If I ever have a solo show (cross your fingers for me) I would love to play studio mix selections during the opening. And I want to create a vibe similar to the late 70s / early 80s New York underground art scene. If ever there was a time I would want to go back in time to it would be then, even considering all of the social strife, inequality, the Crack and AIDS crises, and having Ronald Regan as president (insert vomiting emoji here).

Because that’s when the counter-culture was at its best when political, anti-establishment art hit its stride and had a hand in the change we all know eventually happened. I mean, look at what Keith Harring was able to create and accomplish. He brilliantly merged attractive and fun pop art and normally superficial, emotionless, and substanceless movement and used it to bring the plight of Gay Americans and the  AIDS crisis to light.

And then there’s Jean-Michele Basquiat; no more comment is needed.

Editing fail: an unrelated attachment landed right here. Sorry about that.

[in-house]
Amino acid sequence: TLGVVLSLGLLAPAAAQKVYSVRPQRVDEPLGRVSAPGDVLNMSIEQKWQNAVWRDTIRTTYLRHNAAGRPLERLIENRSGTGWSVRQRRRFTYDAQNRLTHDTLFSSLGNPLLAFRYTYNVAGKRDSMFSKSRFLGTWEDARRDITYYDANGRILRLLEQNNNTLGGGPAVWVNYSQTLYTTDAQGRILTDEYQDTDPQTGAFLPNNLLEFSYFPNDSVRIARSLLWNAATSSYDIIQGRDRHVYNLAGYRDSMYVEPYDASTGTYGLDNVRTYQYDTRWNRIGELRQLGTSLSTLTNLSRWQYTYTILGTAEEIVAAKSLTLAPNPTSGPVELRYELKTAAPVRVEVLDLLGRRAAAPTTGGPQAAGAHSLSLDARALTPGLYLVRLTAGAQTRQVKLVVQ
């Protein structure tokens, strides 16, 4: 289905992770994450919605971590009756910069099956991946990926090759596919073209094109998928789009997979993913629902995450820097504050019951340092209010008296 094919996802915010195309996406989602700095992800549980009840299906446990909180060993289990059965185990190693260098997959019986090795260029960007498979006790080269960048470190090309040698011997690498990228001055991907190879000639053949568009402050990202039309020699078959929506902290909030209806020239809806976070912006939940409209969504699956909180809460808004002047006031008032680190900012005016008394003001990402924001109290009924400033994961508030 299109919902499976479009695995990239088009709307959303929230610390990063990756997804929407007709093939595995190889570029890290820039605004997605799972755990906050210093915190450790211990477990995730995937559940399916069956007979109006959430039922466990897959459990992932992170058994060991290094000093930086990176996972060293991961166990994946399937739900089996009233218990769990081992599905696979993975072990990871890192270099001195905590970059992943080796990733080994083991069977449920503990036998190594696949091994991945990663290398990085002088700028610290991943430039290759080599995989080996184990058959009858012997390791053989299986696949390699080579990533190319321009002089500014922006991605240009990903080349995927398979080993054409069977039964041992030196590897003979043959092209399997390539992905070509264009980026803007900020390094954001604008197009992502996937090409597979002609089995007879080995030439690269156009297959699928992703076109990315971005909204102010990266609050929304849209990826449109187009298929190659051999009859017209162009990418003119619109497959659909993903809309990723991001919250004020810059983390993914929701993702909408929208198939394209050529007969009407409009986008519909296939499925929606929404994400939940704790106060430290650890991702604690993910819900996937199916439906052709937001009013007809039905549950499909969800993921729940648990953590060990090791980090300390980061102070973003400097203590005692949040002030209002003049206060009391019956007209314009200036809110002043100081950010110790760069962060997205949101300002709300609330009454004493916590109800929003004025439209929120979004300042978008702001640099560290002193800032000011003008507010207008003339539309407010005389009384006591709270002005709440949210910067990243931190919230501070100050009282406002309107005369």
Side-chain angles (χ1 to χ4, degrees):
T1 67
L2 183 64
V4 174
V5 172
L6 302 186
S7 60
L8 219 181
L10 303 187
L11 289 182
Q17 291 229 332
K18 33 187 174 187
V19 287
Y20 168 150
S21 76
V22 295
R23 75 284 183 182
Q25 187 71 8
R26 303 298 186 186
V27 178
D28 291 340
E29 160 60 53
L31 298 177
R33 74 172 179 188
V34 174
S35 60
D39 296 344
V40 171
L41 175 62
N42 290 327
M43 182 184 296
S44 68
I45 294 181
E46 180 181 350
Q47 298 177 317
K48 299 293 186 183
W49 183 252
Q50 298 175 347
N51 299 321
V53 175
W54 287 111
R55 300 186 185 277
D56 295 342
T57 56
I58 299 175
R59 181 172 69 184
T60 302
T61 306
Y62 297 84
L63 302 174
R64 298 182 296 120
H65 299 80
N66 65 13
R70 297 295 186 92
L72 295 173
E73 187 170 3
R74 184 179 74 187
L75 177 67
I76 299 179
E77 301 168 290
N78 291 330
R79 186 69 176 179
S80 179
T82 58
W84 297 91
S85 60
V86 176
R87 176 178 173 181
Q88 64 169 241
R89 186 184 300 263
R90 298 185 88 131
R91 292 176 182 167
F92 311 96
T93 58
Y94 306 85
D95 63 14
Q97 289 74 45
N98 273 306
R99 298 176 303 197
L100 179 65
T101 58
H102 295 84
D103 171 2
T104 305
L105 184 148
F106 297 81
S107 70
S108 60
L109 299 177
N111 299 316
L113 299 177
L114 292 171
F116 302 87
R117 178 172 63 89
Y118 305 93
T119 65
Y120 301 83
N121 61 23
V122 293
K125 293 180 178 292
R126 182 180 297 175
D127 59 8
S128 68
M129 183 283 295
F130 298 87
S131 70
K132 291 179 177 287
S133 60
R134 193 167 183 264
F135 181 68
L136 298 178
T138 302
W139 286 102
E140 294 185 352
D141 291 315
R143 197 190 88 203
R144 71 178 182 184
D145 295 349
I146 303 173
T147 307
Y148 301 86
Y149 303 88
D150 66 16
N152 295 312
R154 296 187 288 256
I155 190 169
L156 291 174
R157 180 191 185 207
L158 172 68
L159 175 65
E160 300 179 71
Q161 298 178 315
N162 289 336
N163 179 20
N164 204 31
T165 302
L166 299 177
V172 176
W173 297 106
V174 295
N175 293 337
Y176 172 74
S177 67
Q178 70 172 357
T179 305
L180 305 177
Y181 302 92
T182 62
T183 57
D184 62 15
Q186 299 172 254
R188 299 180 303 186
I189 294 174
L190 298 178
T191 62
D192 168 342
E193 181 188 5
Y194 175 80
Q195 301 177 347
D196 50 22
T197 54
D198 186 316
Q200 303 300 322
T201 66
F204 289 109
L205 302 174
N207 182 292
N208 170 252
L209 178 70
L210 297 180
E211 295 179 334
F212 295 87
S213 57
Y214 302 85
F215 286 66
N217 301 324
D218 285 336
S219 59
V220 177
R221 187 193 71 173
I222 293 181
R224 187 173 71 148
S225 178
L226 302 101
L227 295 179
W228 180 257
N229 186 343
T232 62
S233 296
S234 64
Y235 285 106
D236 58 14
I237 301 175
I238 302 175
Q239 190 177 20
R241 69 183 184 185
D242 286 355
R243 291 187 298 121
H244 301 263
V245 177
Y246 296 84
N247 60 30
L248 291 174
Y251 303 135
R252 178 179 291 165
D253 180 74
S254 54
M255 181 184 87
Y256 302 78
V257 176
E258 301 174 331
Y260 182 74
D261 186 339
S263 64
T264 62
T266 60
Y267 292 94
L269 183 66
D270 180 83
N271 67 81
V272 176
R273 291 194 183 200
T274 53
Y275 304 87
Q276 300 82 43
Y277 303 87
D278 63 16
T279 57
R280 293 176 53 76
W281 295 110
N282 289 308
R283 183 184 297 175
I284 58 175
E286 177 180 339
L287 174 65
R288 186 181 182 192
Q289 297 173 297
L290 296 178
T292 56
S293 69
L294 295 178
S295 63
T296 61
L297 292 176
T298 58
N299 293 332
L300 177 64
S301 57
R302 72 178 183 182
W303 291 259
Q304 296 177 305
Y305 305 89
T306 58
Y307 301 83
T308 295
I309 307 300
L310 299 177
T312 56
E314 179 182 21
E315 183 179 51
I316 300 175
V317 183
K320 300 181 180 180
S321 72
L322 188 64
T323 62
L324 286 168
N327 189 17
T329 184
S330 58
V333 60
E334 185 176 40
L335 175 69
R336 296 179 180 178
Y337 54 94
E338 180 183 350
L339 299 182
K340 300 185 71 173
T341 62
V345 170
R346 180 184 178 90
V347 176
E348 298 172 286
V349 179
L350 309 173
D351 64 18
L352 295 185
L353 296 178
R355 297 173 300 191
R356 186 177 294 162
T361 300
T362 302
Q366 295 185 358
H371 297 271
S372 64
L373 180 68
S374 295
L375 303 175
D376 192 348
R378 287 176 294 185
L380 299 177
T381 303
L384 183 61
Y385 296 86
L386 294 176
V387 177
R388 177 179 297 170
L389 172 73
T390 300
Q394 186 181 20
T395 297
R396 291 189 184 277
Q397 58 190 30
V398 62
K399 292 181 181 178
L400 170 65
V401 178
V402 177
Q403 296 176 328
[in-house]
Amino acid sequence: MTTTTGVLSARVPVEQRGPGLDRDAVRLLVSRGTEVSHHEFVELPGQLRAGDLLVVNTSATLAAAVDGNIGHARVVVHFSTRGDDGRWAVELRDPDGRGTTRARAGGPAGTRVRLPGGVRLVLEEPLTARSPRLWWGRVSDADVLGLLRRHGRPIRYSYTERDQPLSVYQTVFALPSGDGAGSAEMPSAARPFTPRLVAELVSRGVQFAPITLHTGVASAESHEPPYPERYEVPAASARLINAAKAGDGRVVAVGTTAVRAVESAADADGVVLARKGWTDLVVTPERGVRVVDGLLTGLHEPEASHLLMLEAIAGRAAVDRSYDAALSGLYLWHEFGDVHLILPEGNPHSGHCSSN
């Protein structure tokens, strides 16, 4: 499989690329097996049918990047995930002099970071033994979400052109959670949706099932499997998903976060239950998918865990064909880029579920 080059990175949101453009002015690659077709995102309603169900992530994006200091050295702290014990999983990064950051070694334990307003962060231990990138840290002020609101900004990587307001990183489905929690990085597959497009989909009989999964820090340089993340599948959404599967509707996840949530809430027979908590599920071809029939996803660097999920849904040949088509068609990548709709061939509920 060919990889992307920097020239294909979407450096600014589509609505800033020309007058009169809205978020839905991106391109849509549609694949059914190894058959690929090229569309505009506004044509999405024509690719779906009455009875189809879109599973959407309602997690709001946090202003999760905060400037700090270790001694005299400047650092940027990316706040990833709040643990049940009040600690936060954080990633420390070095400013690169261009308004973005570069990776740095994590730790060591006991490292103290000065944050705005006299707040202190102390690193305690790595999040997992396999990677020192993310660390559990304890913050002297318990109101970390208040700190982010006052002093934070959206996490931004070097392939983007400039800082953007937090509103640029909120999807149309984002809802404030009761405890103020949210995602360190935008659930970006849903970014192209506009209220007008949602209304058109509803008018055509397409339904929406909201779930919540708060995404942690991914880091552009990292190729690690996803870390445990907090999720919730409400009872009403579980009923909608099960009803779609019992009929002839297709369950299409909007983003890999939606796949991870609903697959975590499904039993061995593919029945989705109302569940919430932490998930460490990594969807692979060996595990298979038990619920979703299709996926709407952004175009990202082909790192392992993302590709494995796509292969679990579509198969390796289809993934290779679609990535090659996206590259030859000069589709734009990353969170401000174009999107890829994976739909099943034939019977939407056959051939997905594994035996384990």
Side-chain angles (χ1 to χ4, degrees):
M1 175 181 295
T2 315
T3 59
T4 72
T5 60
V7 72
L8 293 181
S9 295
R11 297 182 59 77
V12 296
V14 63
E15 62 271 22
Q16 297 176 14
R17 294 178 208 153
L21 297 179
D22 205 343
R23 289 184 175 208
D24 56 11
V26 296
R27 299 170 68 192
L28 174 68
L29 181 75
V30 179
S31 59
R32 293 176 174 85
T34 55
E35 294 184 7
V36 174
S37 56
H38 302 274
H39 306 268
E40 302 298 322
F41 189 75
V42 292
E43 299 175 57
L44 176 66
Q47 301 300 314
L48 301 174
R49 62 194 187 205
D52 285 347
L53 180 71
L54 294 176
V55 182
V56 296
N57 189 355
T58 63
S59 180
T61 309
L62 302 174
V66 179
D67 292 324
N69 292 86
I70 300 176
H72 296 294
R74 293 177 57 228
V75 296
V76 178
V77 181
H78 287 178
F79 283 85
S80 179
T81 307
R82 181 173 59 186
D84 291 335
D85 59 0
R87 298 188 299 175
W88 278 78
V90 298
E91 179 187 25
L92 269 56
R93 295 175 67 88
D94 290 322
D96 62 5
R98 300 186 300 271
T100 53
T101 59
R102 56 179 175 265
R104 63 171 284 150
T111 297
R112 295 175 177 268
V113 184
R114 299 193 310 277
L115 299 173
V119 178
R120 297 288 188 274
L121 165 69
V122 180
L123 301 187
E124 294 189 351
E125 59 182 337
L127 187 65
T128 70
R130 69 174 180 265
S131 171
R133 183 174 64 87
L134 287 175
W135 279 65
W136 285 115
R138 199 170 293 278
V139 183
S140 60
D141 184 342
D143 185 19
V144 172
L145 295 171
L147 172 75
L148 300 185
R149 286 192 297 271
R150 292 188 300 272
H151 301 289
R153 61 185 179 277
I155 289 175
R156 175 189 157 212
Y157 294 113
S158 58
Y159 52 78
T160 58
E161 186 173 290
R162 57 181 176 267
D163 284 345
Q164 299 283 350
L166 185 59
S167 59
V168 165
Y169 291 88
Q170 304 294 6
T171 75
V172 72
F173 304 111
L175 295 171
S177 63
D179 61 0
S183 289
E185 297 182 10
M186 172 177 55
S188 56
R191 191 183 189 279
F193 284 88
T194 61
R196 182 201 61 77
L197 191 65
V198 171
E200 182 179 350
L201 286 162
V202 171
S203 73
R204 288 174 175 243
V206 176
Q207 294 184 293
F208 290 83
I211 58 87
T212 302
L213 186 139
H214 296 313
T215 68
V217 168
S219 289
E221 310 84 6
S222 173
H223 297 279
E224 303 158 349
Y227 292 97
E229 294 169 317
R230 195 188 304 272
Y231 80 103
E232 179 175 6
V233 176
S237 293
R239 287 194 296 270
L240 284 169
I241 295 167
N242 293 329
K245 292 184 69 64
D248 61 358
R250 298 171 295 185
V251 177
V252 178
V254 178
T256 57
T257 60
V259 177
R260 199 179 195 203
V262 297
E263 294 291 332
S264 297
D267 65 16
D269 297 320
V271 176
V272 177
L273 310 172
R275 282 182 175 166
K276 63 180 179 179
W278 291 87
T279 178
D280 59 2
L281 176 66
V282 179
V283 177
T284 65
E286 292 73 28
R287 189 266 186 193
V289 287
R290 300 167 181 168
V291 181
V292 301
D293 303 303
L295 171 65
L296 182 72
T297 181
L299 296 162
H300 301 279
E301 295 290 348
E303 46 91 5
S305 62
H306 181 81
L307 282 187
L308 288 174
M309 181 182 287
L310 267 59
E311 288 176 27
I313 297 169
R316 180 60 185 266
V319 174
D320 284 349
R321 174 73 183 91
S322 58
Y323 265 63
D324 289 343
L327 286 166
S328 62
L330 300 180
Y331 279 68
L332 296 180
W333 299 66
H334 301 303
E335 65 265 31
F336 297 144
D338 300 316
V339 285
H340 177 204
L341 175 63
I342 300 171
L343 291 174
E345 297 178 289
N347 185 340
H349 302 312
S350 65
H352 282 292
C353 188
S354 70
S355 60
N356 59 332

This brings me to this week’s selection; one of my favorite discoveries of the past five years or so is No Wave music. A post-punk, anti-New-Wave genre that was at the heart of late 70s NYC counterculture. I discovered it and reignited my love of the era by watching the film Downtown 81 starring Basquiat, as well as Debbie Harry, Fab Five Freddy, and several of the bands I came to love, like Tuxedomoon and James Chance and the Contortionists. This led me down the rabbit hole leading to today’s selection, Lizzy Mercier Descloux. While not in the film, she was one of the No Wave pioneers and one of my favorites who will most certainly play during my first solo exhibit.

The mix of no-rules punk sensibilities with the attention to song structure of post-punk, with influxes of disco, ska, and acid jazz, makes me want to go see some of today’s counter-culture to be reminded it’s still out there, and just as much an agent of change as these artists.